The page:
Oil tumbles below $44 a barrel

New York, USA — Oil fell more than 6 per cent on Thursday to its lowest level in nearly four years in response to further bleak economic data that could spell a deeper decline in global energy demand.

The number of U.S. workers on jobless rolls hit a 26-year high last month, the government said, while another report showed U.S. factory orders fell sharply for the third month in a row.

U.S. light crude dropped $2.86 (U.S.) to $43.93 a barrel by early afternoon EST after slipping as low as $43.77 – the lowest since January, 2005. London Brent crude fell $2.87 to $42.57.

Oil prices have dropped more than $100 a barrel from record highs over $147 in July, as the global credit crunch has eaten into demand in large consumer nations.

“Relentless negativity is pressuring the oil complex,” said Mike Fitzpatrick, vice-president at MF Global.

U.S. stocks fell on Thursday as the continued fall in oil prices pushed down shares in energy companies including Exxon Mobil.

A Commerce Department report showed that factory orders in October plunged 5.1 per cent, the biggest drop since July, 2000, and a Labour Department report showed that the number of U.S. workers on jobless benefits rolls was the highest since December, 1982.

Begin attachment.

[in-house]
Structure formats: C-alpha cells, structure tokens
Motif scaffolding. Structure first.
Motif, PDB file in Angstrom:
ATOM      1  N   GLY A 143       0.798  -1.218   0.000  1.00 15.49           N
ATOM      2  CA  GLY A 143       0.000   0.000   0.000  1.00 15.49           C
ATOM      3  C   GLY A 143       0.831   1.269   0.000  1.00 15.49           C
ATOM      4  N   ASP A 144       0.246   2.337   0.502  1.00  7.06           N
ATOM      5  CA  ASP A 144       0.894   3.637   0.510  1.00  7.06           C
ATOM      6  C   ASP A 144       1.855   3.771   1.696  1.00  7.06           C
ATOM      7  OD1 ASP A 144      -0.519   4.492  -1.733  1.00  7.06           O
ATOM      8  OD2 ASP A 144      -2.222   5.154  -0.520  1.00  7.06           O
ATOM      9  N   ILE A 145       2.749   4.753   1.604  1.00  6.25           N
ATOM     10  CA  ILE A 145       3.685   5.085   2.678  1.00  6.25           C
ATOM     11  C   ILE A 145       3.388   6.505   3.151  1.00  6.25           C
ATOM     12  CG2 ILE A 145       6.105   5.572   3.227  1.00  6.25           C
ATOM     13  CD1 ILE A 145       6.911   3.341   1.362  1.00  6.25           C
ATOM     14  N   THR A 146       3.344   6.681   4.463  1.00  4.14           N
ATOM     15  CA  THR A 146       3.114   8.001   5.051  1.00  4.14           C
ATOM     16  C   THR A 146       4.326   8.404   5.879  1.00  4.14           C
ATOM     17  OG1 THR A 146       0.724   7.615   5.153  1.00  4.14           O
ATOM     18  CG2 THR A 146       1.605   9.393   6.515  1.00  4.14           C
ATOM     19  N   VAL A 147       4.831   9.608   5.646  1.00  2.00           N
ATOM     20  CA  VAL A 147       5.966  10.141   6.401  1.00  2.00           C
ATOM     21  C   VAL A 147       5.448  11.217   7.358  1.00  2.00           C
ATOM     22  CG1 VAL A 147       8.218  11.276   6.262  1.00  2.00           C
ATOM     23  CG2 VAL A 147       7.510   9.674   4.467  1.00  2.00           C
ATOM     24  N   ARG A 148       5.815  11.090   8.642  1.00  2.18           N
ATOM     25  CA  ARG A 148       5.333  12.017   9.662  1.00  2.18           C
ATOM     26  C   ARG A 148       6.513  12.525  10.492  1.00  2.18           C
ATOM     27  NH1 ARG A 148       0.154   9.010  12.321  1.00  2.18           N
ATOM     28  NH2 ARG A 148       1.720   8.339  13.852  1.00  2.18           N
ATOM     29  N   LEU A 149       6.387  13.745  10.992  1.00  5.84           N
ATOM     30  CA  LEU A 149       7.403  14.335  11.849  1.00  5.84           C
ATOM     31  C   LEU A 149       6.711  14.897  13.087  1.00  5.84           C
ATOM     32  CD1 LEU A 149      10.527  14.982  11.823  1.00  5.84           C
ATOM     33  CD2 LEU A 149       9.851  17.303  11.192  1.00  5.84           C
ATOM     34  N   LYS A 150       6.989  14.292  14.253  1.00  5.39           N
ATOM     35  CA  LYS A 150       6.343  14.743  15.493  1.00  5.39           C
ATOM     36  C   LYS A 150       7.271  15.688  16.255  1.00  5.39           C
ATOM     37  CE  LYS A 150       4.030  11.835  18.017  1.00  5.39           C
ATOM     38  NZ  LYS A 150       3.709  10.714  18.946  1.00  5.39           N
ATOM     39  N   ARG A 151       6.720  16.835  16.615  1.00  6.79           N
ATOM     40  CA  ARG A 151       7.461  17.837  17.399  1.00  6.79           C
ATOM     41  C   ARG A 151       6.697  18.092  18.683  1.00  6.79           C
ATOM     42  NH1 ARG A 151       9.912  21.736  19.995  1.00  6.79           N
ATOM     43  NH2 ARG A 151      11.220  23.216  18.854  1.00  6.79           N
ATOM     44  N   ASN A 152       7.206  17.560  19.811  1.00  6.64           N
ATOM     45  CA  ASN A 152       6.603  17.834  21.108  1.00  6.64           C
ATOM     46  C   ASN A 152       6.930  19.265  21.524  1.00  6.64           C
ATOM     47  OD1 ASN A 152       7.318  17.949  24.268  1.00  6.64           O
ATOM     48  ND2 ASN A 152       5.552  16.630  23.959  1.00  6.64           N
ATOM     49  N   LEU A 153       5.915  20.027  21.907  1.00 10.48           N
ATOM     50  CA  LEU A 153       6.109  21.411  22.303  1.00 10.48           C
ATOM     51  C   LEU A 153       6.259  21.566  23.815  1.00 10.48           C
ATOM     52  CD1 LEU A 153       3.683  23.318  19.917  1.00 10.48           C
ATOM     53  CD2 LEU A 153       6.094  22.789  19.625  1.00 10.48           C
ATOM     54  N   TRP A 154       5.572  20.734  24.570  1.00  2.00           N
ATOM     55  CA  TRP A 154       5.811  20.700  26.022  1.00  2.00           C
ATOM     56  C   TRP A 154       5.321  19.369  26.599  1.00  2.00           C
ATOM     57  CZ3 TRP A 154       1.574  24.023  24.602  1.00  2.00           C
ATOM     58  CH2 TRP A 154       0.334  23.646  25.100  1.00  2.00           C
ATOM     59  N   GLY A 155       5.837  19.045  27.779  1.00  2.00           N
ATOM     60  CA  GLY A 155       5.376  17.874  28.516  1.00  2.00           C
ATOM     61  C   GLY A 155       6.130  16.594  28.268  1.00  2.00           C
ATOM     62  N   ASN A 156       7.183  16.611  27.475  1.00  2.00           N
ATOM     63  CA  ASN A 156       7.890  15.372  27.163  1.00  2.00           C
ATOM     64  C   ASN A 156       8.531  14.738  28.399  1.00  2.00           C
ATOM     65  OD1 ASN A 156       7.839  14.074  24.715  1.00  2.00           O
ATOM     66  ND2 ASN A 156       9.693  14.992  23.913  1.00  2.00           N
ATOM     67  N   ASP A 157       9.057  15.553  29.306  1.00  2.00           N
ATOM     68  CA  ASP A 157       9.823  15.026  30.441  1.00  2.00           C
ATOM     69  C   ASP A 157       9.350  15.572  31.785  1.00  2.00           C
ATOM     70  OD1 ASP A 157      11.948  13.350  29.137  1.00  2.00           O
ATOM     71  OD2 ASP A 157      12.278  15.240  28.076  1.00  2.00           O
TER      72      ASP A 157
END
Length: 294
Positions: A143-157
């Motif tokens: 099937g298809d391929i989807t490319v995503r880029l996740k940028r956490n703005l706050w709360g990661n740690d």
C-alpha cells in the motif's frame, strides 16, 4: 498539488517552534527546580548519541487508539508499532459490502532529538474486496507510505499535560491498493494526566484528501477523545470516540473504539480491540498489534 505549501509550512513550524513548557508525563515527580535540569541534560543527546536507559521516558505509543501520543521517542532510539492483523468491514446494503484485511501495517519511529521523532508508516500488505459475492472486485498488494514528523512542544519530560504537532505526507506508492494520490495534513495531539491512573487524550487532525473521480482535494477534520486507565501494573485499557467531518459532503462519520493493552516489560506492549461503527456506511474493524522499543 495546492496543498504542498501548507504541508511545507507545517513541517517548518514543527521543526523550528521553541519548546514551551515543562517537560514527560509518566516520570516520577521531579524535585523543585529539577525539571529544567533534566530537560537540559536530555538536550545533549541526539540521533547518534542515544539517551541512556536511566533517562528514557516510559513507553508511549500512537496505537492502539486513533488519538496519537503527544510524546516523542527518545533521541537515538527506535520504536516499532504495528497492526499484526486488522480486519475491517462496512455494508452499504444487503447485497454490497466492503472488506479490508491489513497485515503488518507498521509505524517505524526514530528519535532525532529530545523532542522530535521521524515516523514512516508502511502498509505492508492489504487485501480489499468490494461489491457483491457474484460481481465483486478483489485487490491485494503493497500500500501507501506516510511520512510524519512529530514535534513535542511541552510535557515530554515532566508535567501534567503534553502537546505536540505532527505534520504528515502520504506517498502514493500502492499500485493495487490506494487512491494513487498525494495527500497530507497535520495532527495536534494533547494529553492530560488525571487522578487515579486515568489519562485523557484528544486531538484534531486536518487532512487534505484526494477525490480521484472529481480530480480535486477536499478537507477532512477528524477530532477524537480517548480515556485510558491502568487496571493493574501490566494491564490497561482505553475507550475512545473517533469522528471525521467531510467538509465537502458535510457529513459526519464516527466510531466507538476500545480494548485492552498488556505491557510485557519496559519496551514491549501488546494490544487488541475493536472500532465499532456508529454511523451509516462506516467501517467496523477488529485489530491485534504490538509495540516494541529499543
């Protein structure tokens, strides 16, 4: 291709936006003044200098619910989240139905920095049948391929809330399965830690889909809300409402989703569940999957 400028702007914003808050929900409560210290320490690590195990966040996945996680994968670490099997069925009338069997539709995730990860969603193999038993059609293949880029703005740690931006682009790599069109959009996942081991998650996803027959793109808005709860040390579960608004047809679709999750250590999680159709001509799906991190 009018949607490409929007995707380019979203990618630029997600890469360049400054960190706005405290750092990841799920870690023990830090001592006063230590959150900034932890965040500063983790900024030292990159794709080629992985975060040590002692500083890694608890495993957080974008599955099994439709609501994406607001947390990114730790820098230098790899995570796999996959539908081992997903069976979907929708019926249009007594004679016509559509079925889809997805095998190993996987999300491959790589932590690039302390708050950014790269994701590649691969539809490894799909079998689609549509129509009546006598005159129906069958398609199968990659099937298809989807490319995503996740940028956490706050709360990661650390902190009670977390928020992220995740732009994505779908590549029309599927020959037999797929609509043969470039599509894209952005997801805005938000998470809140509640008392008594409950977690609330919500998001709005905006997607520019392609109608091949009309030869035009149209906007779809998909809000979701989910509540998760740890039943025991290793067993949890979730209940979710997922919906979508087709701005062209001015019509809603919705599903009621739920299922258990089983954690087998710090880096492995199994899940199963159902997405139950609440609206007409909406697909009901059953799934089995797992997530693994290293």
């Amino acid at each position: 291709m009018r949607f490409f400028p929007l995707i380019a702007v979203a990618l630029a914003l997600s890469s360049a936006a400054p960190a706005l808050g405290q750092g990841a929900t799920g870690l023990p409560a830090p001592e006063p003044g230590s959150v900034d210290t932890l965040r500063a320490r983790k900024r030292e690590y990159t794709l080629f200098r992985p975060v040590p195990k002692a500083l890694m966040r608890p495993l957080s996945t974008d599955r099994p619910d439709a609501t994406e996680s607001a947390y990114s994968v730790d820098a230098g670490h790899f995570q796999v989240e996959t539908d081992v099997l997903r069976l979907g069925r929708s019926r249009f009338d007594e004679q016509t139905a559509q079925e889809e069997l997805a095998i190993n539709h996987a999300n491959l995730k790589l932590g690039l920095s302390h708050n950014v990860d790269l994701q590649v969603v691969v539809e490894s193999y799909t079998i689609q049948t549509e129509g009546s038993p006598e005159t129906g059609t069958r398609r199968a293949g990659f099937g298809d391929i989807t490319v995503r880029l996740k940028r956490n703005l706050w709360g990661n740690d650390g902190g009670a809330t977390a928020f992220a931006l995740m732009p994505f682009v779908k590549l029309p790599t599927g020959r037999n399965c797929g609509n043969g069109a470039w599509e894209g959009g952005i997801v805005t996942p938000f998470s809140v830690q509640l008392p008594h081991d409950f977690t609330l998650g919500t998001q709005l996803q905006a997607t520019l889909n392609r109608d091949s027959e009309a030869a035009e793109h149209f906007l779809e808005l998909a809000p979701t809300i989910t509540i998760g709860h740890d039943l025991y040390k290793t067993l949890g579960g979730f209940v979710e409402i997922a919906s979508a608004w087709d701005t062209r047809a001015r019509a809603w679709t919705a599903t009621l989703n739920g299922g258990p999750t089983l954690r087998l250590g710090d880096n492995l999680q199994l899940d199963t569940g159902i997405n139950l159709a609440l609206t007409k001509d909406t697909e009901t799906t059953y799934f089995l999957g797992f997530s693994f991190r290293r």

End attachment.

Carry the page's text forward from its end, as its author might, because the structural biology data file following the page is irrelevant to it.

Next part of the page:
AT&T Inc. and DuPont Co. on Thursday led the list of blue-chip U.S. companies laying off workers in the weeks before the Christmas holidays.

European central banks cut interest rates on Thursday to try to restore some vitality to their feeble economies, many of which are already in recession.
Sweden’s central bank cut by a record 175 basis points, the European Central Bank cut by 75 points and the Bank of England cut by 100 points.

Oil producer group the Organization of the Petroleum Exporting Countries will consider another round of output curbs to try to defend prices when it next meets on Dec. 17 in Algeria.

“It is obvious that the market is oversupplied,” said Iran’s OPEC governor Mohammad Ali Khatibi. “If you remove oversupply and produce exactly what the market needs, it would be good for everybody.”

Oil rose briefly on Wednesday when U.S. Energy Information Administration data revealed an unexpected fall in fuel inventories last week in the world’s top energy consumer.

But U.S. refinery utilization fell 1.9 percentage points to 84.3 per cent of capacity against a predicted rise of 0.2 percentage point, pointing to weak demand.

The Associated Press

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